By Mitchell Owens for Architectural Digest.
As travel restrictions lift and embargoes soften, AD's Mitchell Owens heads to Havana, where the mojitos are sweet, the architecture is astounding, and society is embracing a new era. Take a look at the city's unchanged architecture, like Havana's domed capitol (above), which dominates the historic heart of the city.
Standards of the Havana streetscape--arcaded pastel buildings and brightly colored pre-1960 American automobiles.
At the grand entrance to La Guarida restaurant in Old Havana, a hand-painted revolutionary speech joins a headless statue. See laguardia.com.
Cristóbal Colón Cemetery. Calle Zapata and Calle 12; +53-7-832-1050.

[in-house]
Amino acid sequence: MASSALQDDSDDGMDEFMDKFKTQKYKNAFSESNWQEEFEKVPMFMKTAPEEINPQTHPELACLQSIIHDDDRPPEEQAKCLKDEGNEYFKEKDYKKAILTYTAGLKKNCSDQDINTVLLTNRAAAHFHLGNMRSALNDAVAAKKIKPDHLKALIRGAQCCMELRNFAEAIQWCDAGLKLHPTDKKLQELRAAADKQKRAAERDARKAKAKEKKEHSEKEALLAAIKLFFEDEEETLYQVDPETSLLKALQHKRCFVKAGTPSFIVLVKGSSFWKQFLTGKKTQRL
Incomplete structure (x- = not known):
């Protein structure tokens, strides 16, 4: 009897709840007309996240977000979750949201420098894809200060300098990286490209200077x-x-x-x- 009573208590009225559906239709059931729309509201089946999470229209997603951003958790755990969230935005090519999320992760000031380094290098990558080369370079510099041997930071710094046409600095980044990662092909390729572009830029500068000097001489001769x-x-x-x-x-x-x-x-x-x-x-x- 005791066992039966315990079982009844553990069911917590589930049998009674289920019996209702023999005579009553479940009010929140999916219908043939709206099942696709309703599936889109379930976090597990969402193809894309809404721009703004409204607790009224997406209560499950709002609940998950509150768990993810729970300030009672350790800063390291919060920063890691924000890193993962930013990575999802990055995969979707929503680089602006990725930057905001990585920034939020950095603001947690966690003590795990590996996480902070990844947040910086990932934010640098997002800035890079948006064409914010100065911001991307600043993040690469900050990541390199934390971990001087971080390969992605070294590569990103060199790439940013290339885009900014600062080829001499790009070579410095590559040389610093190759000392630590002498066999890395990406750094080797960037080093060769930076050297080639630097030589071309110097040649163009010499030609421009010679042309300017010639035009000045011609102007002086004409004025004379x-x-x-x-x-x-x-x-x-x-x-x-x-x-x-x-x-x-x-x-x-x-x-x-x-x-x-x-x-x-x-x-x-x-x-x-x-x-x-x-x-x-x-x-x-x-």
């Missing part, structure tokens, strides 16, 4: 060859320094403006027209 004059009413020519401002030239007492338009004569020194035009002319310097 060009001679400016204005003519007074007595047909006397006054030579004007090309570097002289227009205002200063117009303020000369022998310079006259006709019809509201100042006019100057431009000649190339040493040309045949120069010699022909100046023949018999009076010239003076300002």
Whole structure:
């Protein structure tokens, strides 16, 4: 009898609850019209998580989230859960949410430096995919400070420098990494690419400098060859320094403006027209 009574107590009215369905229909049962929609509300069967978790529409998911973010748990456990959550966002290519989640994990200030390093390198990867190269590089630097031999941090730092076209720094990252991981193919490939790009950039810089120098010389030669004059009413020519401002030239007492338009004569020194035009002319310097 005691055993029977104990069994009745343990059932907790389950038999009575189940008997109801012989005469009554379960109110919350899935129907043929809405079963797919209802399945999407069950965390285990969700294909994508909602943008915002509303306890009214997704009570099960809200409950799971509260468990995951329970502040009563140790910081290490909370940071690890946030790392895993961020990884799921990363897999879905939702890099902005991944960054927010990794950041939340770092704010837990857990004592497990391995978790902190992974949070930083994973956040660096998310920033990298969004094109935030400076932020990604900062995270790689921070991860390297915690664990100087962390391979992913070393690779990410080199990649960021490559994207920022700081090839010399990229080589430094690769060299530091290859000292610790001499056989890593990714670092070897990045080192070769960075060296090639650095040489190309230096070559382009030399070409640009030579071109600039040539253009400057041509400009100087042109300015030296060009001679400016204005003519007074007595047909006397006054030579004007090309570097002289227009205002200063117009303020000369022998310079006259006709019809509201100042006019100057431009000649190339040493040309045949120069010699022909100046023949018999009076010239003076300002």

See more: Cinematic Views of Paris Architecture
The Hemingway Museum at Finca Vigía, the Havana-area farm where the novelist lived from 1939 to 1960. Finca Vigía, San Francisco de Paula; +53-7-891-0809.
African villages inspired one section of the National Art Schools (now the University of Arts of Cuba), a 1960s masterpiece by architects Ricardo Porro, Roberto Gottardi, and Vittorio Garatti. See isa.cult.cu.
Hotel Saratoga's Bar Mezzanine. From $246/night; see hotel-saratoga.com.
Enrique Ávila Gonzales's sculpture of Socialist hero Camilo Cienfuegos dominates a building on Revolution Plaza; it bears the famous Cienfuegos comment YOU'RE DOING FINE, FIDEL.
A dancer at Tropicana, an out-door cabaret that has been in business since 1939. See cabaret-tropicana.com.
The Hotel Nacional de Cuba, completed in 1930, is a work by the American architecture firm McKim, Mead & White. From $175/night; see hotelnacionaldecuba.com.
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